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Demand for Graduate Apprenticeships is increasing year-on-year, with a growing number of Scottish employers using work-based learning to meet their critical skills needs.

Graduate Apprenticeships are providing an innovative approach for businesses to upskill and reskill new and existing employees, enabling industry to create closer links with education and secure their workforce of the future.

Capgemini is the latest of hundreds of employers who see the critical contribution Graduate Apprenticeships can make to developing their talent.

Eight current employees at the firm’s base in Inverness will work towards a BSc Hons in Cyber Security, delivered by The Open University.

Darren Robbins, deputy manager at Capgemini’s Security Operations Centre in the Highland capital, said: “As a consulting, technology services and digital transformation company, we are committed to our employees’ development to help them unlock their potential.

“Through this new Graduate Apprenticeship offer, we’re now able to provide them with a more advanced qualification to accelerate their careers.

“Our apprentices will use their workplace experience and studies to gain a degree, and Capgemini and our clients will benefit from their new knowledge and understanding of cyber security.”

Suzanne McQuade, business relationships manager at The Open University, added: “Graduate Apprenticeships allow employers like Capgemini to upskill their workforce and attract and retain talent. That’s especially important in the Highlands and Islands.

“As the world of work rapidly evolves, Graduate Apprenticeships are hugely beneficial to employers of all types and sizes.”

With work-based learning firmly part of Scottish Government policy and strategy commitments for the future, the majority of Scottish universities now offer Graduate Apprenticeships.

“As the world of work rapidly evolves, Graduate Apprenticeships are hugely beneficial to employers of all types and sizes.”

Darren Robbins, Capgemini

With work-based learning firmly part of Scottish Government policy and strategy commitments for the future, the majority of Scottish universities now offer Graduate Apprenticeships.

Aberdeen’s Robert Gordon University also announced this week it will offer 175 fully-funded Graduate Apprenticeships for entry in September 2020 across a range of disciplines including accountancy, construction, engineering, data science, IT management for business and business management.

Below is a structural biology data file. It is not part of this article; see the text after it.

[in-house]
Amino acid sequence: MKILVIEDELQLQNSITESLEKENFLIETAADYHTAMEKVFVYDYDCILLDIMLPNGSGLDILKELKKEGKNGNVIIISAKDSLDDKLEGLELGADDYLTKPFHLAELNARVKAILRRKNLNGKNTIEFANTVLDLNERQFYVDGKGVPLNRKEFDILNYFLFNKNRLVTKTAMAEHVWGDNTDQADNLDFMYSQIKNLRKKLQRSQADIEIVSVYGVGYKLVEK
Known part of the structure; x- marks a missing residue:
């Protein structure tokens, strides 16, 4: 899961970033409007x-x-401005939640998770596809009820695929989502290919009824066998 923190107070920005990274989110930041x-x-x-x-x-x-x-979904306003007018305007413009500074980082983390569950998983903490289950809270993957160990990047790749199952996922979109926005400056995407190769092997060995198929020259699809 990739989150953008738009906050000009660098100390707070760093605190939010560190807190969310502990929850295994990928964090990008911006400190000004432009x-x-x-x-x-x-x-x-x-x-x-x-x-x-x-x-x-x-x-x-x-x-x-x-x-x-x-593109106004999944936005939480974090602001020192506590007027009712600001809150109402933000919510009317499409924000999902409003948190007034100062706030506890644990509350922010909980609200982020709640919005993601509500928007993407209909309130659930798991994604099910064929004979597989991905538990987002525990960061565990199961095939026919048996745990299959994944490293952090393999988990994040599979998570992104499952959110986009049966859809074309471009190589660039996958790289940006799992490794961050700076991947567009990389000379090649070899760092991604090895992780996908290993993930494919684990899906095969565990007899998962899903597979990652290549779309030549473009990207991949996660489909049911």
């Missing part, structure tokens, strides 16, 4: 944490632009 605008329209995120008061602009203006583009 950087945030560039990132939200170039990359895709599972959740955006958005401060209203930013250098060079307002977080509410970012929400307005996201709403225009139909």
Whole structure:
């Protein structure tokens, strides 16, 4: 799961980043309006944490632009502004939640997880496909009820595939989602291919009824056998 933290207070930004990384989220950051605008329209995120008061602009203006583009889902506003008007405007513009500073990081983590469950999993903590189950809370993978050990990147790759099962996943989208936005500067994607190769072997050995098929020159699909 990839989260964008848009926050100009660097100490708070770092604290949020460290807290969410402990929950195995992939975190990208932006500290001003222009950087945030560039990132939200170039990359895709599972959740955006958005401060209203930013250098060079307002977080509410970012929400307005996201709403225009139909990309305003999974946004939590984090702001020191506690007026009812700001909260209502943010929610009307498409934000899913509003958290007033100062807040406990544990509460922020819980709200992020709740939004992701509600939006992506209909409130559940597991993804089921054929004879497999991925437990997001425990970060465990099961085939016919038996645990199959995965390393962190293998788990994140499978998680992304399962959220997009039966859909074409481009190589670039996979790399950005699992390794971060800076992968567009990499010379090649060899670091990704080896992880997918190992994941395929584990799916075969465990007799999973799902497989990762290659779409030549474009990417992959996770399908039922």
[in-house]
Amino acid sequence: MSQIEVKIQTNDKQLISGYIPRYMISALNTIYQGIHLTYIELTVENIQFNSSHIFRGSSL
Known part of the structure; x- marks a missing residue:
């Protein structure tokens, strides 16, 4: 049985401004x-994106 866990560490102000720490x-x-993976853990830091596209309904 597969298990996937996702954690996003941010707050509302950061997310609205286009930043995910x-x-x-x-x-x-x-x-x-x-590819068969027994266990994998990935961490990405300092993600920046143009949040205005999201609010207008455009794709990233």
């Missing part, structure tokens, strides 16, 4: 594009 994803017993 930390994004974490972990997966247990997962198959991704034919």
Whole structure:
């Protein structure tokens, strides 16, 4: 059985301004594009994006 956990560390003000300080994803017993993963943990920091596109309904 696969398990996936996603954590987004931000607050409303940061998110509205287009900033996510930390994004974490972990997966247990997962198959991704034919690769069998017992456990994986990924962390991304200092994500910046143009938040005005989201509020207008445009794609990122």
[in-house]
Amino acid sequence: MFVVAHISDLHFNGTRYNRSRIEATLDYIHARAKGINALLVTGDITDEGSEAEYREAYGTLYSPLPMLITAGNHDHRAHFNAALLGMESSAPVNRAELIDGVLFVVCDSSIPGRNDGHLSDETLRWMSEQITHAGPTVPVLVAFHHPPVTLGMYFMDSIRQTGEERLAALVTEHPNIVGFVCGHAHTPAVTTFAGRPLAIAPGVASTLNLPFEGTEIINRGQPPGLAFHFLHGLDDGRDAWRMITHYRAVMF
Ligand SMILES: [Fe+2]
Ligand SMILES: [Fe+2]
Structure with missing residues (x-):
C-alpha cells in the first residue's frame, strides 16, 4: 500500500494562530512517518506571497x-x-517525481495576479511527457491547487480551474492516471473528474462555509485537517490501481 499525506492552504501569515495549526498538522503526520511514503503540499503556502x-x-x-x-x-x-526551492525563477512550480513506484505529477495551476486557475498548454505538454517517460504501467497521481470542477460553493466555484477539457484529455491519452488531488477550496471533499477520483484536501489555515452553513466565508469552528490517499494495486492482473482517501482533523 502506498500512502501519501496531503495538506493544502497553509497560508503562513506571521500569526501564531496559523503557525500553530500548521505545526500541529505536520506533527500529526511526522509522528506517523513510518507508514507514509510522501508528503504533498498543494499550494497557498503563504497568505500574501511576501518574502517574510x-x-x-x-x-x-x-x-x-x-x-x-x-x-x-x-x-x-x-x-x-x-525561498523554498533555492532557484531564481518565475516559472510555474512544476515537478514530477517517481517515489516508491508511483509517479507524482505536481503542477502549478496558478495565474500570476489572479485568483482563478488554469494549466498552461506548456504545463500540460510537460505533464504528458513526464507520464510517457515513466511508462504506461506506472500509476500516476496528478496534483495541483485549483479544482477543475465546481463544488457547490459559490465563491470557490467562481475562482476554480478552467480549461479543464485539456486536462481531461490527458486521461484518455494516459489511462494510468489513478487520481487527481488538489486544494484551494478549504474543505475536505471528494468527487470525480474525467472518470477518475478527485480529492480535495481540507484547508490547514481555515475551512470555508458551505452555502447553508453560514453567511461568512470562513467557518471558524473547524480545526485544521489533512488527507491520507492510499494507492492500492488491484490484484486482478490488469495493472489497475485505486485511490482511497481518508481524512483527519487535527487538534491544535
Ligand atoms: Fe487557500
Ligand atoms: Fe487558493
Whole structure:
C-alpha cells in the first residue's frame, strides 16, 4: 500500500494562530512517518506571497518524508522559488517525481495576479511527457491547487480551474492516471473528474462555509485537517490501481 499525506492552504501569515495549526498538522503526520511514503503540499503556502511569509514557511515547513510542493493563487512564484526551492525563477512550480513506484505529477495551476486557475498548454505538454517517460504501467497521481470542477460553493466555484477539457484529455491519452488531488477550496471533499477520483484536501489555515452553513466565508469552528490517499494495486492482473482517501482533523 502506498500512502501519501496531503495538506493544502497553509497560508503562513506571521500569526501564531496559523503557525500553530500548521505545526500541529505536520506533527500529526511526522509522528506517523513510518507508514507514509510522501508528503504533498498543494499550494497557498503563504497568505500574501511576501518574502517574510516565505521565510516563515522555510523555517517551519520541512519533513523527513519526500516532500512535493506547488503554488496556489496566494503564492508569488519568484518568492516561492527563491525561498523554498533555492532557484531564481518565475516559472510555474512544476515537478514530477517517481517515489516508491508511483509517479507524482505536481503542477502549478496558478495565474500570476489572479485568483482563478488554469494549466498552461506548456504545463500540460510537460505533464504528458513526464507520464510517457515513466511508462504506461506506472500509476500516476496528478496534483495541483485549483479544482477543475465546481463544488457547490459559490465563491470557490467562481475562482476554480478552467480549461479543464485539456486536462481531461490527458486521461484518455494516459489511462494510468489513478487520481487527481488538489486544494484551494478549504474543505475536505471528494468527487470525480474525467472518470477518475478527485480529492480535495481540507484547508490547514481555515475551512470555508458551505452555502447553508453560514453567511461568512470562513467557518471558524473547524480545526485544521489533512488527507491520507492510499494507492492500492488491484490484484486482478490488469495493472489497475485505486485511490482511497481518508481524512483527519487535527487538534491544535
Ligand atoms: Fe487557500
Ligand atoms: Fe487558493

University Principal, Professor John Harper said: “Graduate Apprenticeships represent a major step-change in learning and were introduced to address future skills shortages in key areas.

“As we move into the fourth year of offering GA opportunities, it is clear these provide a solution to many business needs, equipping workforces across Scotland with the expertise and skills to navigate changing working landscapes.”

One such employer to benefit is engineering firm Score Group. Training Manager Steven Wilson said: “The GA gives the apprentice an opportunity to experience the world of work and develop academically toward a degree while experiencing much of what is learned being applied to the workplace, as well as the obvious advantage of being paid to learn and study and not build student debt.”

Chair of Skills Development Scotland, Frank Mitchell, said: “The continued growth of Graduate Apprenticeships is a clear vote of confidence from Scotland’s business community.

“Employers see how Graduate Apprenticeships can help upskill their workforce, improve productivity, increase workforce engagement and improve talent retention.

“Universities are forming stronger relationships with industry and Skills Development Scotland is committed to working with all its partners to ensure this growth continues.”

Find out more

To find out more, visit apprenticeships.scot

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